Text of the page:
The market power of the largest electricity suppliers is declining. This emerges from a draft of the monitoring report of the Federal Network Agency, which is available to SPIEGEL.
The share of the five largest providers RWE, E.on, EnBW, Vattenfall and Leag in the available conventional generation capacity was therefore 60.8 percent in 2018, compared to 64.9 percent in 2017.
The degree of market concentration has decreased, inter alia due to the sale of the company Uniper to the Finnish Fortum Group, according to the report. For this purpose, two coal rigs from RWE would now only be used as an emergency reserve.
"In the course of further planned shutdowns, the degree of market concentration is likely to decrease further," writes the Federal Network Agency, which is the government's supreme control authority for monitoring the electricity market. The latest German nuclear power plant should be shut down by the end of 2022 at the latest. The Federal Government also plans to decommission brown and hard coal power plants in the medium term future.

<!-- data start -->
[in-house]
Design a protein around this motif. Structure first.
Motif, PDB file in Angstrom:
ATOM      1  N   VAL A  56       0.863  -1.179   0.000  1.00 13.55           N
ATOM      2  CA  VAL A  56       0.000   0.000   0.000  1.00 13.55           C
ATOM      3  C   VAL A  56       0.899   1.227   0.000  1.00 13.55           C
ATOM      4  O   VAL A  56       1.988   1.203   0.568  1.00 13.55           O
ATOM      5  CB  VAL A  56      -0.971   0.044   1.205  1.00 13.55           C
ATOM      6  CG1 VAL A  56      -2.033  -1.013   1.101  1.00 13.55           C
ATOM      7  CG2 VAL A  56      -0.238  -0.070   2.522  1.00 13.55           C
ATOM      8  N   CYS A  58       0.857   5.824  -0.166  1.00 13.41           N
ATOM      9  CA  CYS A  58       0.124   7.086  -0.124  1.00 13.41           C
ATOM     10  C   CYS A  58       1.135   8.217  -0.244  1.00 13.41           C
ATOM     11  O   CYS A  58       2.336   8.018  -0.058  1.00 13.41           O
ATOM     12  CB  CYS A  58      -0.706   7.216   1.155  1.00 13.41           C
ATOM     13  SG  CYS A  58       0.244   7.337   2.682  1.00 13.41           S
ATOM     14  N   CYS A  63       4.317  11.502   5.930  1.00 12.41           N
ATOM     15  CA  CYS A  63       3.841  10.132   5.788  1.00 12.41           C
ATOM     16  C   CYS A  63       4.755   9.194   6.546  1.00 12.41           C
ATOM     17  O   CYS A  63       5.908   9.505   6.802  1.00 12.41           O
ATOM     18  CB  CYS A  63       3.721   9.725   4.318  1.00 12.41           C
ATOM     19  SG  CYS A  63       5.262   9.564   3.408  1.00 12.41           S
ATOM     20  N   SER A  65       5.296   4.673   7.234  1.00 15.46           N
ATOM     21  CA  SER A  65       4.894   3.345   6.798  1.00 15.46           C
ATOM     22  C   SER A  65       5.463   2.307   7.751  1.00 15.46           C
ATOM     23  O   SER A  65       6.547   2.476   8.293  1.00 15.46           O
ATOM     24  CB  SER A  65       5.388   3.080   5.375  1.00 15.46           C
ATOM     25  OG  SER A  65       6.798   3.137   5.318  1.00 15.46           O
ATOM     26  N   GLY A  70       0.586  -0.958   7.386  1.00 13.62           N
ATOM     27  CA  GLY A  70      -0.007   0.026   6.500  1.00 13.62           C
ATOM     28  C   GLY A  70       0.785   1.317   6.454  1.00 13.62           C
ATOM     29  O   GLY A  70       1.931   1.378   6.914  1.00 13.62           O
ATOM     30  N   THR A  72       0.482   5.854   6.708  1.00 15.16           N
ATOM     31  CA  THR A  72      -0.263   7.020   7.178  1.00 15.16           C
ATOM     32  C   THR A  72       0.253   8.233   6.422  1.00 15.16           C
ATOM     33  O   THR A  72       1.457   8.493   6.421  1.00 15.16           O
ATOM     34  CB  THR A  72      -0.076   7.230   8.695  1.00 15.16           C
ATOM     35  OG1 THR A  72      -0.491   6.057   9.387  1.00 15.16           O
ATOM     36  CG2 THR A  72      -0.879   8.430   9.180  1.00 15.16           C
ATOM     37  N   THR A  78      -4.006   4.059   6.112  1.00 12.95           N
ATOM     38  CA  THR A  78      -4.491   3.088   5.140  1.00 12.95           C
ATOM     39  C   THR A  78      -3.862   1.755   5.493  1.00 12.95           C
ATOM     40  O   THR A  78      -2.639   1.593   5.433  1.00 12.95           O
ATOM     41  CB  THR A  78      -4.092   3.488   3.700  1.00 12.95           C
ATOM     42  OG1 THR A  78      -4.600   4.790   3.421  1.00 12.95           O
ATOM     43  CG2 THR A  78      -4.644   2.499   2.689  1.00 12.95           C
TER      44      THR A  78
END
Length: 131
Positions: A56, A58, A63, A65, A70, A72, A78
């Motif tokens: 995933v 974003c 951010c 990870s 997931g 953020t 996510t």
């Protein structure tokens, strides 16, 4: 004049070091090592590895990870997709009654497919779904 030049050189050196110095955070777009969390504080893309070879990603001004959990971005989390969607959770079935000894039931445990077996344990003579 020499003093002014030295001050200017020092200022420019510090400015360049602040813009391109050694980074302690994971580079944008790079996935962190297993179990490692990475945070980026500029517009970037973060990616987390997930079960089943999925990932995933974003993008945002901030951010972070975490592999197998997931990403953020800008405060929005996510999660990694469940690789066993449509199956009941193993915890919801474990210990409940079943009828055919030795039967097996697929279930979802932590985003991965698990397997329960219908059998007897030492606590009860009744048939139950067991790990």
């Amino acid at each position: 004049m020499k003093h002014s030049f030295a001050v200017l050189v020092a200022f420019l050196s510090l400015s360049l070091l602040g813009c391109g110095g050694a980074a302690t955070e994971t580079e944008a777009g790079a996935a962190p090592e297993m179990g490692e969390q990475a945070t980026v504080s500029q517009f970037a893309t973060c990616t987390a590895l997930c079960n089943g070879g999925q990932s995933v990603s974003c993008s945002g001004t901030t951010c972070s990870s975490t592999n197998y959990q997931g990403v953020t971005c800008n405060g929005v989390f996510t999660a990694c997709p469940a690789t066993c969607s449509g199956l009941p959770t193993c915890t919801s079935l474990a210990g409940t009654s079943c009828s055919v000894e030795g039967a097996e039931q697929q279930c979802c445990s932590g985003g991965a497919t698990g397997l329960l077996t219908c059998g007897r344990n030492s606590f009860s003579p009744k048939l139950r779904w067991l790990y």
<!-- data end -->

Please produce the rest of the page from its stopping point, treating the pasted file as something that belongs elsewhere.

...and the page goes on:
According to the Monitoring Report 2018, the market share of the five best-selling companies for conventionally generated electricity was around 74 percent; in the previous year it had been 75.5 percent. Accordingly, the share of energy giants in this segment is still high, but the segment now accounts for just over two-thirds of the electricity sold.
Already more than 195 terawatt hours of electricity were generated last year by wind, solar and biogas plants and subsidized by the so-called Renewable Energy Sources Act. Only five percent of that came from plants of the major power companies.
Overall, conventional power generation, according to the Federal Network Agency in 2018, has fallen by four percent compared to the previous year. In the future, it should continue to decline – and with it, the market power of the major energy companies.